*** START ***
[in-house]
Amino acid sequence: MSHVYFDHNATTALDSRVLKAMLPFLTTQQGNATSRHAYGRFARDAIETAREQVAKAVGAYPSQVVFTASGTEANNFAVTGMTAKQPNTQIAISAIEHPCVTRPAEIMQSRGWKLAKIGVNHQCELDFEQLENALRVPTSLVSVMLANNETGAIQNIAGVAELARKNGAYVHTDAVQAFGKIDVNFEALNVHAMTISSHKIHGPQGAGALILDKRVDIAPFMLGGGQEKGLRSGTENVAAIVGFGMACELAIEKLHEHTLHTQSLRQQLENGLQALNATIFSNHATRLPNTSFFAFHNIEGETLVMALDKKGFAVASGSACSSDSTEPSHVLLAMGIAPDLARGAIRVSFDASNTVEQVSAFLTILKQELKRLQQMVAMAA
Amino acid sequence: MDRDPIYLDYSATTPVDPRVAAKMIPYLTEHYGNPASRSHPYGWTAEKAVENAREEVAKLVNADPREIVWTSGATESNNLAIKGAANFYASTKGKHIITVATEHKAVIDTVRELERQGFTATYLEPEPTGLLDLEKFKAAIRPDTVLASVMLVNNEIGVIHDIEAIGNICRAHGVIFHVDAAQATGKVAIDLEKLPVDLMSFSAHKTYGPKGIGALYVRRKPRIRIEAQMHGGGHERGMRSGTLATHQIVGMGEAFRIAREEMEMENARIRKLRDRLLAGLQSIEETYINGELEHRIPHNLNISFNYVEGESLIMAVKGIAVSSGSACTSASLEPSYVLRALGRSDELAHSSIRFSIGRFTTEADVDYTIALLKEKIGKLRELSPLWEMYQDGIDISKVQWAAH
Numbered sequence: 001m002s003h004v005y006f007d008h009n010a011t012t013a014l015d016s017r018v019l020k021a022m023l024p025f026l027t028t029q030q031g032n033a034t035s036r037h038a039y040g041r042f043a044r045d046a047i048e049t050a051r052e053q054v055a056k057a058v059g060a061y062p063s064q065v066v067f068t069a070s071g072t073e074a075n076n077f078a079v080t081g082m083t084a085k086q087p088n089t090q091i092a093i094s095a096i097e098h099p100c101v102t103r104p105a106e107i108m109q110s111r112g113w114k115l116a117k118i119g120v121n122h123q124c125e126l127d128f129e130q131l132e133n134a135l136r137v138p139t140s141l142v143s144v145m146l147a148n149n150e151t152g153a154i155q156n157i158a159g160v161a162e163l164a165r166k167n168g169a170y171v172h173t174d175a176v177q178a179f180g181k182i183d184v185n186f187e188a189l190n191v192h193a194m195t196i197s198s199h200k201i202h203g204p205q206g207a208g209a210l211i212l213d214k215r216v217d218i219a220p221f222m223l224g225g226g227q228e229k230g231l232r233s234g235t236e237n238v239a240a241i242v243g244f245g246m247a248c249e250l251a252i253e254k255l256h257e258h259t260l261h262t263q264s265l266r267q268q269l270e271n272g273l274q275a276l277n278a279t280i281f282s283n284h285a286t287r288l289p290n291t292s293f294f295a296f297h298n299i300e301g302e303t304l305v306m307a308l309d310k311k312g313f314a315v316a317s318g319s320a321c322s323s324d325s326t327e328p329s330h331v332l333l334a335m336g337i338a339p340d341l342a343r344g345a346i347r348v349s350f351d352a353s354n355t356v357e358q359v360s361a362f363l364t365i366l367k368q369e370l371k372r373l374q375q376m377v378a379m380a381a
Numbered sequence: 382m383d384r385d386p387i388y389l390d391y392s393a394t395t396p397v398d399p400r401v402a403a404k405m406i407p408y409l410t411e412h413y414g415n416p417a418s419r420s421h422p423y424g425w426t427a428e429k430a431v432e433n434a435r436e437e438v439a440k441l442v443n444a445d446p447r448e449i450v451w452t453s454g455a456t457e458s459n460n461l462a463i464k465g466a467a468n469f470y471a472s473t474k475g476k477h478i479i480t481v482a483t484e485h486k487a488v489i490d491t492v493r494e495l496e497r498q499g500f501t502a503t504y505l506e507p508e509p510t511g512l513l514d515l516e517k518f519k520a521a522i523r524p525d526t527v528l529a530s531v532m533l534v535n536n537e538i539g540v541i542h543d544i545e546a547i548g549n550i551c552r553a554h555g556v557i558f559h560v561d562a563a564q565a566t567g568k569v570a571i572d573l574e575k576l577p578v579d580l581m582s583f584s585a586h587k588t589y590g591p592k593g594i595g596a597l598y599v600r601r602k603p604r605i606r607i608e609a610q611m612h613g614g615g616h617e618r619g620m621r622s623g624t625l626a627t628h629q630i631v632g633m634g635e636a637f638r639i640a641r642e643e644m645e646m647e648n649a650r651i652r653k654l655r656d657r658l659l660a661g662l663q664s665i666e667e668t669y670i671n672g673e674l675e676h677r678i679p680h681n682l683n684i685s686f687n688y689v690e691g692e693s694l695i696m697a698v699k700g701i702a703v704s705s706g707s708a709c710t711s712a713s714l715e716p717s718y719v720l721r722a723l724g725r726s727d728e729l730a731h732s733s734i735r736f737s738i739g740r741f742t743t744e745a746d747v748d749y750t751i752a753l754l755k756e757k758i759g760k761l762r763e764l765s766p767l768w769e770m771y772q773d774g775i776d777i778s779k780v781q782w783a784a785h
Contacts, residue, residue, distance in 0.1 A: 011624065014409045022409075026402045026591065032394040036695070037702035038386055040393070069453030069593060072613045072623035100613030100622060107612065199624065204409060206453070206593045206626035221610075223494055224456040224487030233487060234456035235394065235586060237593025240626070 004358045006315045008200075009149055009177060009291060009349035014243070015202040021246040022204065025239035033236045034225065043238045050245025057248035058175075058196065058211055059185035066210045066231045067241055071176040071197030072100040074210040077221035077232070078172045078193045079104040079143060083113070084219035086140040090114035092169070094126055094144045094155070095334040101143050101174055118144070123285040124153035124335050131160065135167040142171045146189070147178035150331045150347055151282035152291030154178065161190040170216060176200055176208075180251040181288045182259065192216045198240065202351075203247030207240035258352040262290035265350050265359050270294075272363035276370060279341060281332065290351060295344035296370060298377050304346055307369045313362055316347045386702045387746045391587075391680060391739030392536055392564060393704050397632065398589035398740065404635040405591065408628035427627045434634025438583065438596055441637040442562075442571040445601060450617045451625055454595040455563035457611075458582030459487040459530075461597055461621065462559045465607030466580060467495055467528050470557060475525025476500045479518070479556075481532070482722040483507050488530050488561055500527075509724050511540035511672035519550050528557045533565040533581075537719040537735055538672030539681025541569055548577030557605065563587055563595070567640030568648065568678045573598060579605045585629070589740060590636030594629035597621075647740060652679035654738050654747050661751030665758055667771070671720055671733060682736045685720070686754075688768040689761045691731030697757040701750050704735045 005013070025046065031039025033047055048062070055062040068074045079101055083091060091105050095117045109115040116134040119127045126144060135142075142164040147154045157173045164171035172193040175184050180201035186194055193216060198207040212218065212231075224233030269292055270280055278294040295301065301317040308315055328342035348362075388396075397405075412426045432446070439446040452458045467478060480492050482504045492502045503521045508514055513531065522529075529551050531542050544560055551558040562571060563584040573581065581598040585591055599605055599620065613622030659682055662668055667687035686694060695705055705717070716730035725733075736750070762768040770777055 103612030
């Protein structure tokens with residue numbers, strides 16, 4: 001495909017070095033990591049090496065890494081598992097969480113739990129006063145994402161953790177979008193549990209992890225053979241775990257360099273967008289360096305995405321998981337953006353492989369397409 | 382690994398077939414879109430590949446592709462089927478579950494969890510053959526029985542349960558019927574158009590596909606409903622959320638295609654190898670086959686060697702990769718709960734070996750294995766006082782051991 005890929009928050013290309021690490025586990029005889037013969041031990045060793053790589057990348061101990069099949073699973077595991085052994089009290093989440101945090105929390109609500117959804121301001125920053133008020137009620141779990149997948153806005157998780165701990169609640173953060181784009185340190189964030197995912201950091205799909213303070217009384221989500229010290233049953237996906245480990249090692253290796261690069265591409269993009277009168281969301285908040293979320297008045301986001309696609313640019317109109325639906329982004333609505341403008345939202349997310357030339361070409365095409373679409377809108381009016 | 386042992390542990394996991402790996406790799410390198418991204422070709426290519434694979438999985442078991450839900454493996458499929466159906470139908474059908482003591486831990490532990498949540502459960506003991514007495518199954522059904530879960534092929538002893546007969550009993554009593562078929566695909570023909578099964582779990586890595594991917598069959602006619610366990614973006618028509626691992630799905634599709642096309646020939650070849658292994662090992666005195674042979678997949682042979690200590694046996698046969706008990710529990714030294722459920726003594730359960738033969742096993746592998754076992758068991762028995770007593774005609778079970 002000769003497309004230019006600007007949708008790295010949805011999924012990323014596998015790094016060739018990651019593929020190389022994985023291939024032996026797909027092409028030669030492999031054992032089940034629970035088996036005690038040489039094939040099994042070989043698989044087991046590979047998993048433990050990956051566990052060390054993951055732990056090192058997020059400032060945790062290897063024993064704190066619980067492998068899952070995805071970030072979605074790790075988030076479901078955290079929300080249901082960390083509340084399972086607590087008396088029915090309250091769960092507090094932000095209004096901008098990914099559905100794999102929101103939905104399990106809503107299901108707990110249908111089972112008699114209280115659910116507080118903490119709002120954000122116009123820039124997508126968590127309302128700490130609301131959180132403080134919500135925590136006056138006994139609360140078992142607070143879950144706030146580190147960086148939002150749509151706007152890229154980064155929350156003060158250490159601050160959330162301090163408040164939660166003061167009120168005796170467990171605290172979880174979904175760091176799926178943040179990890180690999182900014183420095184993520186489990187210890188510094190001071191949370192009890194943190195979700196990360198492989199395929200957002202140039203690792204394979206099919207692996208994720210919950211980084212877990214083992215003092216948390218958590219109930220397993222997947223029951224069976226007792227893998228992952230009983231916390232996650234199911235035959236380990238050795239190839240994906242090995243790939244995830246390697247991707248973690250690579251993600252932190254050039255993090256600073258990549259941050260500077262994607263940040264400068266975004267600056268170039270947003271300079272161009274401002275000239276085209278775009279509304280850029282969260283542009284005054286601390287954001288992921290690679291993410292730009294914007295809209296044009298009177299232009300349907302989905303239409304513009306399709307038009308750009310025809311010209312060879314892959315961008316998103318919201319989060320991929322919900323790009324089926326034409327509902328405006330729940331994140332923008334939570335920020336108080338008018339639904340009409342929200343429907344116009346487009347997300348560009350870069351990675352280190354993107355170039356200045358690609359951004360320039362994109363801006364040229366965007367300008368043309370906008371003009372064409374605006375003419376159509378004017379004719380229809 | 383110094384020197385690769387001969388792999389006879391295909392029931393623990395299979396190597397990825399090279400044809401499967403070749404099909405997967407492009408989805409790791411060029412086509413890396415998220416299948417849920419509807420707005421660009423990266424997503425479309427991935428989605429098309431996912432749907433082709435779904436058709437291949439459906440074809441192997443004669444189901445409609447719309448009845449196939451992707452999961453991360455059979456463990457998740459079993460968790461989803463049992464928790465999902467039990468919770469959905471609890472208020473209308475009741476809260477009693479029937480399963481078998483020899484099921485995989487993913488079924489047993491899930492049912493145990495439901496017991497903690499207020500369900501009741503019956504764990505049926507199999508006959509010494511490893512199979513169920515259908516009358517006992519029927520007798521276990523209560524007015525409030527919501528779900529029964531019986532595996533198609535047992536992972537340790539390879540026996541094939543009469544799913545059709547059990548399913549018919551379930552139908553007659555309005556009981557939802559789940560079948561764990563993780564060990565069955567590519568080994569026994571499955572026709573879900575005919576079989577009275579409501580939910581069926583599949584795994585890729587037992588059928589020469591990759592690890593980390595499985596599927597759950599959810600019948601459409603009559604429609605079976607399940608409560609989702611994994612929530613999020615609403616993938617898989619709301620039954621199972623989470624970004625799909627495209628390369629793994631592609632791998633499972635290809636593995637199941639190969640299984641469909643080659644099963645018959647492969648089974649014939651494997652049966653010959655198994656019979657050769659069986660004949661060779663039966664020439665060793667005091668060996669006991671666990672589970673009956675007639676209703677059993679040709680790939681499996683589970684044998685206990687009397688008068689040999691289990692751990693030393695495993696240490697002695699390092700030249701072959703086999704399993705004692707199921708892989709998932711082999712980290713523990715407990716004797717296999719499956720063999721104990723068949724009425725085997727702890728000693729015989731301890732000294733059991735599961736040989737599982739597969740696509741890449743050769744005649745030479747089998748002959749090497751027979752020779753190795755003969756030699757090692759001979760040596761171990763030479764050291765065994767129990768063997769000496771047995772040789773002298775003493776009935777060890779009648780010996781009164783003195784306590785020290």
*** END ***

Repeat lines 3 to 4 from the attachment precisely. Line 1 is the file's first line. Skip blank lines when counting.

Amino acid sequence: MDRDPIYLDYSATTPVDPRVAAKMIPYLTEHYGNPASRSHPYGWTAEKAVENAREEVAKLVNADPREIVWTSGATESNNLAIKGAANFYASTKGKHIITVATEHKAVIDTVRELERQGFTATYLEPEPTGLLDLEKFKAAIRPDTVLASVMLVNNEIGVIHDIEAIGNICRAHGVIFHVDAAQATGKVAIDLEKLPVDLMSFSAHKTYGPKGIGALYVRRKPRIRIEAQMHGGGHERGMRSGTLATHQIVGMGEAFRIAREEMEMENARIRKLRDRLLAGLQSIEETYINGELEHRIPHNLNISFNYVEGESLIMAVKGIAVSSGSACTSASLEPSYVLRALGRSDELAHSSIRFSIGRFTTEADVDYTIALLKEKIGKLRELSPLWEMYQDGIDISKVQWAAH
Numbered sequence: 001m002s003h004v005y006f007d008h009n010a011t012t013a014l015d016s017r018v019l020k021a022m023l024p025f026l027t028t029q030q031g032n033a034t035s036r037h038a039y040g041r042f043a044r045d046a047i048e049t050a051r052e053q054v055a056k057a058v059g060a061y062p063s064q065v066v067f068t069a070s071g072t073e074a075n076n077f078a079v080t081g082m083t084a085k086q087p088n089t090q091i092a093i094s095a096i097e098h099p100c101v102t103r104p105a106e107i108m109q110s111r112g113w114k115l116a117k118i119g120v121n122h123q124c125e126l127d128f129e130q131l132e133n134a135l136r137v138p139t140s141l142v143s144v145m146l147a148n149n150e151t152g153a154i155q156n157i158a159g160v161a162e163l164a165r166k167n168g169a170y171v172h173t174d175a176v177q178a179f180g181k182i183d184v185n186f187e188a189l190n191v192h193a194m195t196i197s198s199h200k201i202h203g204p205q206g207a208g209a210l211i212l213d214k215r216v217d218i219a220p221f222m223l224g225g226g227q228e229k230g231l232r233s234g235t236e237n238v239a240a241i242v243g244f245g246m247a248c249e250l251a252i253e254k255l256h257e258h259t260l261h262t263q264s265l266r267q268q269l270e271n272g273l274q275a276l277n278a279t280i281f282s283n284h285a286t287r288l289p290n291t292s293f294f295a296f297h298n299i300e301g302e303t304l305v306m307a308l309d310k311k312g313f314a315v316a317s318g319s320a321c322s323s324d325s326t327e328p329s330h331v332l333l334a335m336g337i338a339p340d341l342a343r344g345a346i347r348v349s350f351d352a353s354n355t356v357e358q359v360s361a362f363l364t365i366l367k368q369e370l371k372r373l374q375q376m377v378a379m380a381a